The Portable Document Format (PDF) was invented by Adobe systems and is now an open standard for electronic document exchange maintained by the International Organization for Standardization (ISO). These so-called 'portable document' files contain both text and detailed formatting information, including page size, fonts and typographical effects. PDF viewers are available for the downloading at many sites on the WEB, and many WEB browsers can be configured to launch the viewers automatically.
As a vanity project and word-processing challenge, I collected many of my early poems into a several volumes that were intended to be more inclusive than critical. Notes and commentary accompany the poems, which are presented more-or-less chronologically.
The history of the project reflects the history of my writing tools. I began writing mostly on a typewriter, an old Olympia manual I got as a High School graduation present. My first 'collections' were all typescript. As time went on I computerized my typing and writing. The XyWrite III version of 'Collected Poems' I don't think exists any more, but the output formatting was based on single-sided, 8½X11 sheets, like a typescript. XyWrite had a rather rich set of footnoting features, however, and I used them all.
XyWrite for Windows, as balky and buggy a program that ever existed, did allow me to use fancier fonts, and Windows printer drivers, including Adobe's PDF Writer. I added a second volume, used a different fonts for it, and formatted it for facing pages, a binding gutter, and all that good stuff. It never really worked very well.
I tried to maintain the current version by running Windows 98 inside a virtual machine, and running XyWrite inside of that. I worked fairly hard to clean up the formatting errors that came in with every new version of XyWrite.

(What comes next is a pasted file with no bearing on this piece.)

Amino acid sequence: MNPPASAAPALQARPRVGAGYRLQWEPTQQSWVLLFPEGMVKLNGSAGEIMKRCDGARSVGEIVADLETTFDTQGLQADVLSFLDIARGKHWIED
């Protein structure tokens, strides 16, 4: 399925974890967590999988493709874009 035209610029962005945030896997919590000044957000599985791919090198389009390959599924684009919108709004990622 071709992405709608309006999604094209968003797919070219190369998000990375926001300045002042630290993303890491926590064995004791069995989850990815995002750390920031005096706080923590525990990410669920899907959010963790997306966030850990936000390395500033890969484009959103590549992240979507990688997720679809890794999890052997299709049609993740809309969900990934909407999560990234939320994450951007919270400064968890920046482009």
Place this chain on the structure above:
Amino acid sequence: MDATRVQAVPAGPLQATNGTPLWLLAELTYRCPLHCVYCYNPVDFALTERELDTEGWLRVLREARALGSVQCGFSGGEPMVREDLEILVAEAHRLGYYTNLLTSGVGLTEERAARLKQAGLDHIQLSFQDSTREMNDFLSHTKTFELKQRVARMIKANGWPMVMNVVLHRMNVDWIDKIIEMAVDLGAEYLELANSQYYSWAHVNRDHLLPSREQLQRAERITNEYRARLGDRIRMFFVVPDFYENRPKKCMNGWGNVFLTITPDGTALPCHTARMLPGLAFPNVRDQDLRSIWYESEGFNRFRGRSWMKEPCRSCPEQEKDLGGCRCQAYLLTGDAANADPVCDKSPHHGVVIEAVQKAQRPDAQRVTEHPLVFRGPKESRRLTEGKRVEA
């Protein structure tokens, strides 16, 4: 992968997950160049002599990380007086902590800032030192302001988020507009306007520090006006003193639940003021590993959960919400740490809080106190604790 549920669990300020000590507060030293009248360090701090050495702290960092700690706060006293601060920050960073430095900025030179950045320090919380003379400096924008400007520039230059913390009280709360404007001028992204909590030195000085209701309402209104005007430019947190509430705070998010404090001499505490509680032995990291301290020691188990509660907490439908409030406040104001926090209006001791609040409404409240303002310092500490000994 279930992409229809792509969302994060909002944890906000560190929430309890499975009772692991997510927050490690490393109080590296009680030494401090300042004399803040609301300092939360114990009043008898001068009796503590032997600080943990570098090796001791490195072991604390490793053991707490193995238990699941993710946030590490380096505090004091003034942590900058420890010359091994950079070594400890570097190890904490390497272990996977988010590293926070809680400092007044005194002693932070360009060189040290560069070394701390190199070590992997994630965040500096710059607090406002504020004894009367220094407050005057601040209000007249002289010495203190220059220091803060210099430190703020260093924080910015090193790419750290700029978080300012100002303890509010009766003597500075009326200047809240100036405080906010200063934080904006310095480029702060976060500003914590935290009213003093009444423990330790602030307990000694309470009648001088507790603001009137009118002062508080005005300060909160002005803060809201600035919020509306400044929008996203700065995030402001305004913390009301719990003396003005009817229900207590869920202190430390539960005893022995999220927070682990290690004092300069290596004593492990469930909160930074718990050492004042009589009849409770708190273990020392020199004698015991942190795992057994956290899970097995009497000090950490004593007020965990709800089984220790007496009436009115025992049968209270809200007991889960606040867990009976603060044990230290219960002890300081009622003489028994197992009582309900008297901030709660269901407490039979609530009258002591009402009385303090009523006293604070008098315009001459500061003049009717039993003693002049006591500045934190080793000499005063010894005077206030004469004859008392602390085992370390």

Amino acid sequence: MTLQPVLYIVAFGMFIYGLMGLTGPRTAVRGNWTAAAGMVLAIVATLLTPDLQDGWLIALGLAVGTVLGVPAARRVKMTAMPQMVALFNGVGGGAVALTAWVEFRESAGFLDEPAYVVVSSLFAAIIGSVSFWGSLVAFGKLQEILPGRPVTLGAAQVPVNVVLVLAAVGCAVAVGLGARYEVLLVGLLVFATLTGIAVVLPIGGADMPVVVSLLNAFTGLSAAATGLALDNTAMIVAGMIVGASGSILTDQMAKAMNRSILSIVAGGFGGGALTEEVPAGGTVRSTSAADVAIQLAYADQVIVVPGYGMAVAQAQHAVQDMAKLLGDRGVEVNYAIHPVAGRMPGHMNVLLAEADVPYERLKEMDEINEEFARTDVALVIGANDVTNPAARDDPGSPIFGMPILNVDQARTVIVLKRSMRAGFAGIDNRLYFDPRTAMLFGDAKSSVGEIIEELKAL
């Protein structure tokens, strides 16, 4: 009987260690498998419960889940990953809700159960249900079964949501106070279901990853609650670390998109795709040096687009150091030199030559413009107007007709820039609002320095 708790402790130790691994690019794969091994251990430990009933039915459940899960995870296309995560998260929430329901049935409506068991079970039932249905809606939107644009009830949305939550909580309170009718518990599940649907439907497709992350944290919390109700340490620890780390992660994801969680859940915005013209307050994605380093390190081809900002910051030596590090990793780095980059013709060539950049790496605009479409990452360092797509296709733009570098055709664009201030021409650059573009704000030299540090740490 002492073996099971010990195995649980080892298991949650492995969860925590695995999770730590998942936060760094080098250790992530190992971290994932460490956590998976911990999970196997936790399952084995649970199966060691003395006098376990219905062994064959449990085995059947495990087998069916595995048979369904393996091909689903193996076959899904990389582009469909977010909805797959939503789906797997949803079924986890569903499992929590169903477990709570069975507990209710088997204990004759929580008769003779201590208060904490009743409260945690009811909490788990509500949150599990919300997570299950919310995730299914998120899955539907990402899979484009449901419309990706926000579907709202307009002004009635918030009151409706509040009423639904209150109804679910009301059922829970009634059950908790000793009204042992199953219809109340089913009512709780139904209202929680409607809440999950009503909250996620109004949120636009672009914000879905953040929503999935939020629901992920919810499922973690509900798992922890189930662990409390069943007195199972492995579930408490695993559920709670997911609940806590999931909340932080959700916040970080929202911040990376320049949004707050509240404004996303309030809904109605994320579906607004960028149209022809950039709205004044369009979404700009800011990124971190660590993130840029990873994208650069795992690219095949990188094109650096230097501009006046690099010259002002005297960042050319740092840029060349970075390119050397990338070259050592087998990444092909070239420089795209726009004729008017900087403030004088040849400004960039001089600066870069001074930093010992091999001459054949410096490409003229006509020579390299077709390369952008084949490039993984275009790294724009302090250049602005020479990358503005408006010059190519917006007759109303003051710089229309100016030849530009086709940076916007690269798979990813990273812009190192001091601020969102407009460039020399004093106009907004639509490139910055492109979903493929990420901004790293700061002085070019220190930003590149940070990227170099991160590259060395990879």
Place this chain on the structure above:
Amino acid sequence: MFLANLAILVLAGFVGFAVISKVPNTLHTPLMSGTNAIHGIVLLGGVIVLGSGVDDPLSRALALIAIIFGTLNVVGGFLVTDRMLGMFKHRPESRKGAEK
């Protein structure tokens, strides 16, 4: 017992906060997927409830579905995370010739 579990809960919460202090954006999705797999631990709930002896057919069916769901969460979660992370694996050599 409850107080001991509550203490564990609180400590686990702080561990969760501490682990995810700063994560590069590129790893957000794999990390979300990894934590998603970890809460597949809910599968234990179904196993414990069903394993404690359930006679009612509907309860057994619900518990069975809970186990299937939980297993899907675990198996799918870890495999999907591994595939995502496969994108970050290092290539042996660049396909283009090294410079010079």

The last plan was to transfer all this into Note Bene (a direct descendant of XyWrite which is also called 'The Scholar's Workbench') but that would have involved translating the old two-byte special characters from XyWrite into the current Nota Bene character set, and that was surely 'too much like work'... And by the time it was complete Nota Bene itself would have evaporated, anyway. So these latest, static versions are all that there will ever be.
The first three volumes contain what was I had put into the original collection, volume IV is the 'second' volume I put together, and volume V is my little joke. Almost everything worthwhile written after these volumes end has been published here on the web site as a 'Poem of the Month.'
Before I started maintaining this web site, I published my poetry via letterpress 'broadsides' that were hand set and printed. At first (I started around 1977) they were occasionally offered for sale (with little success) and later they were distributed in the monthly 'bundles' of the American Amateur Press Association Under the title Poetry By The Page . Until the late 1980's, these sheets were always entirely hand set in foundry type, and hand-printed on a 6" X 10" hand press.
I've recently scanned most of my surviving copies of the original sheets and converted them to PDF files. The scanning is not wholly accurate, and of course offers no inkling of the texture and look of the paper itself. Nonetheless, they are reasonable facsimiles and I present them here for historical purposes.